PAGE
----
Editors are available on a signup basis to work 1-on-1 Tuesdays from 7:00pm – 8:30pm. Edits may include line-edits, developmental edits, stylistic edits, structural edits, and more, as the editor sees fit and as requested by the submitting writer or poet. It’s recommended that writers and poets commit to 2-4 editorial sessions, spaced 2-4 weeks apart each. Max word count for prose: 10,000 words. Max word count for poetry: 1,000 words. It’s possible to go above this word count, but please consult the editor first and form an agreement before submitting a longer piece.
My intention as an editor is to help you execute your vision for the piece we work on together – which may include development of that vision. How I approach the editing process depends on how far along the piece we’re working on is. If we need to focus on structural, character, voice, or other issues, then we won’t begin by dialing down into how any particular line is constructed, but rather on those high-level concerns. When the piece is broadly working well (whether it’s that way when it’s brought to me or we’ve arrived there through our work), then we’ll address diction, grammar and syntax, and presentation. I offer a close read of your work at least twice before each time we meet. As an editor, I’m a good fit for literary, genre, memoir, and experimental work.
Anything can work, as long as it works. I am a firm believer in this axiom, especially as applied to long-form creative writing. However, there exist general guidelines applicable to structure, plot, character, etc., that should be thoroughly explored, whether or not you decide to adhere to them. The goal of my review will be to help you realize your creative vision, through an understanding of how the aforementioned guidelines can serve your writing (and not the other way around). Prior to reading your manuscript, I will meet with you to discuss how our collaboration can best serve your literary goals. I have no genre preferences and will bring a profound love for creative expression to all manuscripts on which I have the good fortune to work.
I’ve written professionally for 15 years, initially as a screenwriter, then subsequently as a freelance and in-house marketing professional. As an editor, I work to reconcile two goals: the author’s desire to communicate and the intended readers’ desire not to have their time wasted. This means I seek first to understand the what the story is about (both in terms of plot and theme) and then strip away everything that doesn’t serve that goal. I enjoy the craft of writing, so writers working with me should expect a fair bit of line and sentence work in addition to developmental and structural editing. While I tend to write mostly science fiction, horror, and other speculative genres, I try to bring a literary approach to them. I prefer working on complete pieces of short fiction (or creative non-fiction).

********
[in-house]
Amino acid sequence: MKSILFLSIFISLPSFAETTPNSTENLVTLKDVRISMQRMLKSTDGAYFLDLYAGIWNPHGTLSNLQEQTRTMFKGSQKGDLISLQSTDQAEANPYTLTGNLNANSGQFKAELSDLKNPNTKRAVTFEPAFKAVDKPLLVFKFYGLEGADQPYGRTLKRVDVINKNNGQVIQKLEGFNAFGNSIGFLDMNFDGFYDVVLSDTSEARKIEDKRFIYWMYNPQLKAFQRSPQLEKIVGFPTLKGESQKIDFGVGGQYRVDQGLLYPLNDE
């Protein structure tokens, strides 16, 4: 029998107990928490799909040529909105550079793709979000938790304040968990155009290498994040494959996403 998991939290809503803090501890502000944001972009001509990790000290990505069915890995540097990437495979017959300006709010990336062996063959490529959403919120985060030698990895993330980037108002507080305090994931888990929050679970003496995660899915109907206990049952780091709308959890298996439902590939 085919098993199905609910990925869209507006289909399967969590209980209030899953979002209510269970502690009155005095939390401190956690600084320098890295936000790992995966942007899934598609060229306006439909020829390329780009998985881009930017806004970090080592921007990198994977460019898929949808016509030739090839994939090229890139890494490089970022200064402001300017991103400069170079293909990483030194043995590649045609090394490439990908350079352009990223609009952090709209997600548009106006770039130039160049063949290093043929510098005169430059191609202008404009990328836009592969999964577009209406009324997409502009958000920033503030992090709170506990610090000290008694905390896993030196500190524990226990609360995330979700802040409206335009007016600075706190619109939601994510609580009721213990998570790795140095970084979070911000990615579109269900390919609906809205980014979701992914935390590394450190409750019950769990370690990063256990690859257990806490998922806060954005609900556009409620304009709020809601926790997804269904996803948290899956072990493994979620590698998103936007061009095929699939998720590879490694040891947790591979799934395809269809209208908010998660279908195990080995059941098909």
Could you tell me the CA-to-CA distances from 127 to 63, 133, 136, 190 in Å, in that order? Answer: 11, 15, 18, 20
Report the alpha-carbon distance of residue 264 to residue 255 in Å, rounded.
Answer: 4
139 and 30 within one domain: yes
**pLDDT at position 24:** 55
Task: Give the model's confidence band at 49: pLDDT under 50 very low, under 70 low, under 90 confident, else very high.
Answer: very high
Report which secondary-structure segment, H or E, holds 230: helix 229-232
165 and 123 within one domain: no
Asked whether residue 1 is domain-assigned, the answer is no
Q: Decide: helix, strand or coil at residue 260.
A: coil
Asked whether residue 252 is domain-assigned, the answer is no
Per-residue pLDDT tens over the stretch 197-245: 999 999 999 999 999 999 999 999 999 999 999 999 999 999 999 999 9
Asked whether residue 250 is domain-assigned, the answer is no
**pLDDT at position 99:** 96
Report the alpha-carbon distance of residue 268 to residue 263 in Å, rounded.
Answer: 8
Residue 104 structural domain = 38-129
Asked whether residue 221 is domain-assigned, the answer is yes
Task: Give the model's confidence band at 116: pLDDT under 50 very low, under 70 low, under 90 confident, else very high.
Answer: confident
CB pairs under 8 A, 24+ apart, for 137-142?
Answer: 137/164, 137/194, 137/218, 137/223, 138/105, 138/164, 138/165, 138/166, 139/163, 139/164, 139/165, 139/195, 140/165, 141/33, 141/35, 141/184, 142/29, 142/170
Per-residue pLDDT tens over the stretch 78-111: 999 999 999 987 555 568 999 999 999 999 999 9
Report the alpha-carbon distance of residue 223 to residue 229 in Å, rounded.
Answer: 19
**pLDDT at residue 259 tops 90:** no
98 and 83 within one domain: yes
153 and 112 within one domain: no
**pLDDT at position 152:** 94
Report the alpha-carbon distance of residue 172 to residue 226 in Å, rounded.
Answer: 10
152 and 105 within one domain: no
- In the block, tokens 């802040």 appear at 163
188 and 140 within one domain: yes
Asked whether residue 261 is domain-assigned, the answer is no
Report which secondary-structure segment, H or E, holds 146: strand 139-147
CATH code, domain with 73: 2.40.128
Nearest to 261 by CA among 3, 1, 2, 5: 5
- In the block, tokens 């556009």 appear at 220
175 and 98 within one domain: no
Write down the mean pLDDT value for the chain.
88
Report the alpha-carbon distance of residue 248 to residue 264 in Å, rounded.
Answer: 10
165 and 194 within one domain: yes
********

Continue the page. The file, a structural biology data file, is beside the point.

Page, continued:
I am completing an MFA in poetry and have formally studied writing since 2012. I can provide line edits for publication but prefer to work with the Socratic method. Instead of bringing critiques, I will come with a set of questions, so you as the poet will make your own notes for revision. Through conversation, you will discover the best direction for your poem and the necessary adjustments to achieve that direction. This will empower you to challenge your poems and trust yourself, both necessary skills for any writer. I have experience with traditional forms, free verse, and experimental poetry. I expect intentionality and will push you and your work, but only so you can reach your full potential as a poet.
As an editor, my role is to help the writer get closer to their vision for the piece. I believe that a macro and micro approach are necessary when discussing poetry. In poetry, each word has a lot of weight so going line by line while also looking at the poem as a whole are essential. During a editing session, I think it is important to not be too prescriptive, but hone in on moments that are less effective. A successful editing discussion is one where the poet leaves feeling prepared to make meaningful changes. I am prepared to work with poets exclusively. I am comfortable working with poets of different styles, but I am less comfortable with poets that use traditional form.